As I turned west for my final stretch from Hailsham to Lewes, the sun was just setting behind the South Downs and my legs where totally shot. I munched my way through the last of the flapjack squares, threading my way gingerly over freshly cut hedge-cuttings, and prayed for a puncture-free passage. I finally pulled into my Airbnb, in the dark with no front light (flat battery) and whole heap of relief.
Notes to self:
Recovery day, rode to Lewes, explored the town, Lewes Castle, The Priory, shops, coffee-house, Needle-makers for lunch, bought a pair of warm leggings, a book, some batteries and some Waitrose ready meals. Sorted.
I loved the mix of different architecture from the Victorian and Georgian period right back through the Elizabethan to the Norman Castle and Priory (and beyond to the Saxon and Roman, although there wasn’t much left to look at for these periods). I was fascinated to read that a lot of the timber-framed medieval houses had been re-clad with a brick or flint facade in the 1800’s, owing to the fashion of the times.
So it turns out the 1970’s craze for re-cladding the front of your Victorian terrace was nothing new. Eat yer heart out Vera Duckworth!
Another thing that I found rather confusing was the idea that in Saxon and Norman times, it was a flourishing river port. The river was hardly bigger than a broad brook. I realize that super-tankers were not on the scene but even so, was the river bigger then?
There is a quirkiness to Lewes which makes it very appealing, and I found it a very easy town to spend the day in. One website I found put it thus: ‘Sheltered by the forest to the north of the weald and a distance from the main routes from London, south to Bath or Canterbury, Lewes established itself from this early age (Saxon) with an independent spirit and identity.’ I can attest to the fact that it hasn’t lost that spirit, and benefits further from a lack of ‘kiss me quick hats’ and ‘sticky carpet pubs’ that detract from it’s noisy neighbour, Brighton.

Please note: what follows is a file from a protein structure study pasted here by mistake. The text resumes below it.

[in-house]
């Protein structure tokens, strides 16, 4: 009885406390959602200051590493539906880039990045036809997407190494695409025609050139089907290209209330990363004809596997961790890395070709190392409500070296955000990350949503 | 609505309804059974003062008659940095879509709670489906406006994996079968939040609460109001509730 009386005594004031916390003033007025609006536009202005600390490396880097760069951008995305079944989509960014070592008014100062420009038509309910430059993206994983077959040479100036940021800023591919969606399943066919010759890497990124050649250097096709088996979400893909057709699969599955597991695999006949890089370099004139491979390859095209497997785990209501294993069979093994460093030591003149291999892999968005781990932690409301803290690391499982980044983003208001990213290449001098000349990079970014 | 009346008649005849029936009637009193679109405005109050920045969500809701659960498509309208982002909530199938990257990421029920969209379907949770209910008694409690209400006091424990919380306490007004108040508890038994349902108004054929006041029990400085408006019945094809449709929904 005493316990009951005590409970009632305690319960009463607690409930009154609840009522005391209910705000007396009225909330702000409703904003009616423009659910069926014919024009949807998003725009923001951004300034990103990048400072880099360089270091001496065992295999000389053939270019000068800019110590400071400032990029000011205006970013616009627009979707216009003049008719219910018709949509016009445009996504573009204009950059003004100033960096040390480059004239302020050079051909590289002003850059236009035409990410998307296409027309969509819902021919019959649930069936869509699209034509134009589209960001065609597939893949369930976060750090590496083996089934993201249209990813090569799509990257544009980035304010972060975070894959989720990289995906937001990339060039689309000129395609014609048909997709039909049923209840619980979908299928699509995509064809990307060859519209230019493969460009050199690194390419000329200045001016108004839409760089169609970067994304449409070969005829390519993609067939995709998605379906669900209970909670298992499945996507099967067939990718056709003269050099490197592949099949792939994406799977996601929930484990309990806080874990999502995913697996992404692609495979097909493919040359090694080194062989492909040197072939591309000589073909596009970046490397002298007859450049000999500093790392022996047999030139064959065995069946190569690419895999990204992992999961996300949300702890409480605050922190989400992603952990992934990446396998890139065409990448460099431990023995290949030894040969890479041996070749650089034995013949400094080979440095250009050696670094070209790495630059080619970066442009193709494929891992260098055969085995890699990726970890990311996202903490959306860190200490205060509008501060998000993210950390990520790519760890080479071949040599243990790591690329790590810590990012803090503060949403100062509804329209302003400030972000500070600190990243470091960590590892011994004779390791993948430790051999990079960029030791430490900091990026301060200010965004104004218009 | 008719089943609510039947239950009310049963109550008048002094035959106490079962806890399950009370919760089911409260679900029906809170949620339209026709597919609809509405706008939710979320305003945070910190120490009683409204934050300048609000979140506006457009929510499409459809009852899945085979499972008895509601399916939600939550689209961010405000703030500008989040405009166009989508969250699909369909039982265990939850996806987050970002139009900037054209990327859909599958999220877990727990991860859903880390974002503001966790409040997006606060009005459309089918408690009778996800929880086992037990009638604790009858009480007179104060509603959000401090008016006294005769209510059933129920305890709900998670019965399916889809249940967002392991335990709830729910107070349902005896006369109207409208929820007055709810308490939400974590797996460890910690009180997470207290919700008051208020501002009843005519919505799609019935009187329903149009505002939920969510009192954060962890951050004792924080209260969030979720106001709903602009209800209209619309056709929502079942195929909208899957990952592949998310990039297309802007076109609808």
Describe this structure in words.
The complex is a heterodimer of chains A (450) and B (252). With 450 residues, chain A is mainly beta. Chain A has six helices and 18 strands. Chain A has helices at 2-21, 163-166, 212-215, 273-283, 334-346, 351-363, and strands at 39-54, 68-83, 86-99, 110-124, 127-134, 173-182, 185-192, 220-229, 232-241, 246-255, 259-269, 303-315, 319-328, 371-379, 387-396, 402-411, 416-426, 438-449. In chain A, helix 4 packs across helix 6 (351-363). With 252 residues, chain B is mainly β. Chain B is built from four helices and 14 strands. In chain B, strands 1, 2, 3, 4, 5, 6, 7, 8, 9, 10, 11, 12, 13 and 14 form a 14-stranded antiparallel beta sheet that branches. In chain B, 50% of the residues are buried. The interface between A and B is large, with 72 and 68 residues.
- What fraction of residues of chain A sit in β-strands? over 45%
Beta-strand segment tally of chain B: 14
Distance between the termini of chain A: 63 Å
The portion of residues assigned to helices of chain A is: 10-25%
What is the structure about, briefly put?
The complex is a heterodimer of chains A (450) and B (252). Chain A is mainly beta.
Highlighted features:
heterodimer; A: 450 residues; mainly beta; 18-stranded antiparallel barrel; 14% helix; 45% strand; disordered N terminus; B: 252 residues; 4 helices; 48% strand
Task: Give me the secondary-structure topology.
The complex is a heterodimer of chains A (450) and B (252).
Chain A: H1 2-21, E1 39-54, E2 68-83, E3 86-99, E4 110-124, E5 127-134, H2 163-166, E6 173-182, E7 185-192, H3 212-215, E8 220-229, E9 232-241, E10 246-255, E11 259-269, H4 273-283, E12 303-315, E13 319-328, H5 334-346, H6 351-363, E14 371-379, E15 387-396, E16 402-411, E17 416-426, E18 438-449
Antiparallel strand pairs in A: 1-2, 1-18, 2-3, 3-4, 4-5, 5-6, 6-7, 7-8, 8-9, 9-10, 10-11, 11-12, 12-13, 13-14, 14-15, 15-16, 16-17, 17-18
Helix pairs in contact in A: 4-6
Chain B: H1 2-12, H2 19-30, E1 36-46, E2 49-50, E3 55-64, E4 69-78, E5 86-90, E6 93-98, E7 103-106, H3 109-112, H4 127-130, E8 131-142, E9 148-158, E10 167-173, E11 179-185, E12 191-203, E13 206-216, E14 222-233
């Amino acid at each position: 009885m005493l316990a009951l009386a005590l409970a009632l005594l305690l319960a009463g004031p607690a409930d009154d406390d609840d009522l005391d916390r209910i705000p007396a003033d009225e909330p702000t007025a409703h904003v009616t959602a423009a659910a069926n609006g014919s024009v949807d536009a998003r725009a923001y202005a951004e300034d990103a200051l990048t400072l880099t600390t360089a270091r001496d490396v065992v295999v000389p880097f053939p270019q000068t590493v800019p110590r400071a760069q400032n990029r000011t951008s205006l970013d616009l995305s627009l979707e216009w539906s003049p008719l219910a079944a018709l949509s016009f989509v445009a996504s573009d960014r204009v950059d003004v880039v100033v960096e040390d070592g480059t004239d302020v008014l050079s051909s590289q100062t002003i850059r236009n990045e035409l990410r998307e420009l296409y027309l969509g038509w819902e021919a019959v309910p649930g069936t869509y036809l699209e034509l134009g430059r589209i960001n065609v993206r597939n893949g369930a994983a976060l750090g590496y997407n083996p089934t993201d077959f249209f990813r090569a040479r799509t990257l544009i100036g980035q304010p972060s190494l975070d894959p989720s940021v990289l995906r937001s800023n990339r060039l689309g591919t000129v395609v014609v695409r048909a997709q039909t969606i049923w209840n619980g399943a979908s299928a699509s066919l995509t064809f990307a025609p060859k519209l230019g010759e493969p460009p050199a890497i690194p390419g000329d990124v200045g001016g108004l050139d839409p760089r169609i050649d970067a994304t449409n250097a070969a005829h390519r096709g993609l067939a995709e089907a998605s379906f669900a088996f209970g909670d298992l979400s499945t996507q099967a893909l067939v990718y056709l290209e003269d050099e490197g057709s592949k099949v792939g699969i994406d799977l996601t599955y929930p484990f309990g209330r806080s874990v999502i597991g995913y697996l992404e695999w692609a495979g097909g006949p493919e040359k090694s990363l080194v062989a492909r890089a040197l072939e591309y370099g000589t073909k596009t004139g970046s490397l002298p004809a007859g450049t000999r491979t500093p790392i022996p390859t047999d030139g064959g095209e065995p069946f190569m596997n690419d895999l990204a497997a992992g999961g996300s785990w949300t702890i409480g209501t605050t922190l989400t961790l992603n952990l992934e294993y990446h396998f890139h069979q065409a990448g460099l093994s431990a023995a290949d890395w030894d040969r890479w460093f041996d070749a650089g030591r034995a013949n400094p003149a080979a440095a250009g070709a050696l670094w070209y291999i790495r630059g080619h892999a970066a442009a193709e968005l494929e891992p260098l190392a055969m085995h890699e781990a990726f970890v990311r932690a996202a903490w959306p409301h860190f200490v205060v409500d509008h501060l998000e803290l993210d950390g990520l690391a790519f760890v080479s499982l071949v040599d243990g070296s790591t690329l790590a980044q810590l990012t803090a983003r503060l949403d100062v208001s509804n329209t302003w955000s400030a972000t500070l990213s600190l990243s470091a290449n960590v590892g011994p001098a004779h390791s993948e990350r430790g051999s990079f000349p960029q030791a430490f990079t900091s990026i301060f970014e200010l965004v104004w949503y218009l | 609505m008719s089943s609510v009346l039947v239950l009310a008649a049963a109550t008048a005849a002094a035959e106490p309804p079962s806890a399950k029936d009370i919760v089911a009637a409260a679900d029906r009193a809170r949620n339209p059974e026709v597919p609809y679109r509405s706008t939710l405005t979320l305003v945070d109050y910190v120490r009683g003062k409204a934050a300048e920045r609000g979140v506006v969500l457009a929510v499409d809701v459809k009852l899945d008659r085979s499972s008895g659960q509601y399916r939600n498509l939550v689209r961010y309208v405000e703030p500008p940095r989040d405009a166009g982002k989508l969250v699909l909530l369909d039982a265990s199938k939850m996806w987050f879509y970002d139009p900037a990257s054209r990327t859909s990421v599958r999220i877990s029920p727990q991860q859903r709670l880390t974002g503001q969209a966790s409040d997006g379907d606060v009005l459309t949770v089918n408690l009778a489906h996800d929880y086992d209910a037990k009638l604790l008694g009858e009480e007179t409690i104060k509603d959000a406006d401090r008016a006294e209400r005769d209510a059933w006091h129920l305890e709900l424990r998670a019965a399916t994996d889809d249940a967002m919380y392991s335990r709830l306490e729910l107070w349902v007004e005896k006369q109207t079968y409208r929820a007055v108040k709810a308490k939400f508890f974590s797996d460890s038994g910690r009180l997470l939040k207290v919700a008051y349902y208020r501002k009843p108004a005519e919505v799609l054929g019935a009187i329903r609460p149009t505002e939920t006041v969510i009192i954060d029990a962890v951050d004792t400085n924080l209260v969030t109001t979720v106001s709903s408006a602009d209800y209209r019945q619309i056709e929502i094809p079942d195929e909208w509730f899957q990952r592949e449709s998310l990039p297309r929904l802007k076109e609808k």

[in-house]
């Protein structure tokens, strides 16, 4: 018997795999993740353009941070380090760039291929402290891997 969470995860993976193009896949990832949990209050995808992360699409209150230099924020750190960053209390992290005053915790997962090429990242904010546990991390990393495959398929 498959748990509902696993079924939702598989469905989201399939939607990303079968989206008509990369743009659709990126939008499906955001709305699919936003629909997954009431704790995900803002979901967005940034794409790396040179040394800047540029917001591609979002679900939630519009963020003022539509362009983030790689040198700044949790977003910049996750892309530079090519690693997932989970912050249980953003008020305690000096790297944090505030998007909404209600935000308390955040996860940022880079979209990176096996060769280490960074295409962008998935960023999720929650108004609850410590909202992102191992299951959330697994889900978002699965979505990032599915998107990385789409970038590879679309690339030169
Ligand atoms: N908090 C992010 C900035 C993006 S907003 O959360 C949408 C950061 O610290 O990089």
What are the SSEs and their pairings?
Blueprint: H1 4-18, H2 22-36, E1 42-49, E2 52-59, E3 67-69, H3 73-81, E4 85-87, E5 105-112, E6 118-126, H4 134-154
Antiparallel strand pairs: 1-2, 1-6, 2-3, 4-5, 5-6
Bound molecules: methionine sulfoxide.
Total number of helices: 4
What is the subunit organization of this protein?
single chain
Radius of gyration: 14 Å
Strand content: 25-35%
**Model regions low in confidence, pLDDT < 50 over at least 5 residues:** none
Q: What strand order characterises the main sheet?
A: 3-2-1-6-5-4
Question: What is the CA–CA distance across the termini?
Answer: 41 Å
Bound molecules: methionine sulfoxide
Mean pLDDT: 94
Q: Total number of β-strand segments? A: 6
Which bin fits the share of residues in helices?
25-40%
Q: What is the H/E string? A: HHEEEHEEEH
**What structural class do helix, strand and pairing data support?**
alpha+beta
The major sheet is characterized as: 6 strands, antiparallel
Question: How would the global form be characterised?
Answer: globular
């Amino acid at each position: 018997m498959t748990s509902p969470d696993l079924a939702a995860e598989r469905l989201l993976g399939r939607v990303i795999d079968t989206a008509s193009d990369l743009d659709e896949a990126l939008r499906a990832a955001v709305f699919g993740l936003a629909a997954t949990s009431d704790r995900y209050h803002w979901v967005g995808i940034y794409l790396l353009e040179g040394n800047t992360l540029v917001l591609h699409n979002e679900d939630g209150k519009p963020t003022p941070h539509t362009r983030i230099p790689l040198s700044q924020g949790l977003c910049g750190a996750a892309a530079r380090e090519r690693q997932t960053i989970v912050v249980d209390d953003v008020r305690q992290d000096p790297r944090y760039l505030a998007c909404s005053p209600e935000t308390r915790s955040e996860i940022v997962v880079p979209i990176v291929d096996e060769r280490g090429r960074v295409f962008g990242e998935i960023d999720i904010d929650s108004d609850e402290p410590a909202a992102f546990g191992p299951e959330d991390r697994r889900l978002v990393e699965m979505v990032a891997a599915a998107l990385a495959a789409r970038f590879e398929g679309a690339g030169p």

I planned to cycle over the chalk downs via Firle to Newhaven, and back along the River Ouse to Lewes. As it wasn’t a long ride, I wanted to include as much path and track as possible. Having looked along the extent of the South Downs, there are very few tarmac roads which go over the top (Ditchling Beacon being the only one that springs to mind), the other roads are major A roads and stick to the valleys that cut through the Chalk. No fun to be had there.
I set off through Firle up the scarp slope of the chalk, arriving at the top with steamed up glasses. I was now on the Souths Downs Way, which in retrospect may have been an easier choice of path, but I continued on, over a field and then a muddy track to the outskirts of Newhaven. It was rideable but no fun, too muddy and too steep for my bike, but it was thankfully a short section. I rode into Newhaven and past the town to explore the re-developed flats and houses opposite the harbour.
I was half wondering whether there was somewhere pleasant to have a coffee and look out to sea. It was spitting with rain, a cold wind was blowing, and the skies were leaden.
I found myself watching the sea-gulls picking at a giant pile of rubbish being loaded onto a rusty looking vessel, so I turned around and hoped the town was more welcoming.
I looked along the High Street at a row of betting shops, a pound-land, a pawn-broker and a couple of chip wrappers caught in the breeze. My heart sank.
At the top end of the High Street, I saw a coffee shop and initially didn’t want to stop. (Would somebody steal my bike?), but there was something about it that changed my mind. It had a little positive hum to it, like a beacon of hope amidst a sea of despair. It was run by a Turkish guy who loved his shop and loved his job. The coffee was good and I was warm and dry. I really didn’t want to leave.
But leave I did, to explore the Ouse valley. I had lots of vague ideas about a route back to Lewes from here, but I was confused by the presence of a bike path that only existed on certain maps, and seemed to end in the middle of nowhere.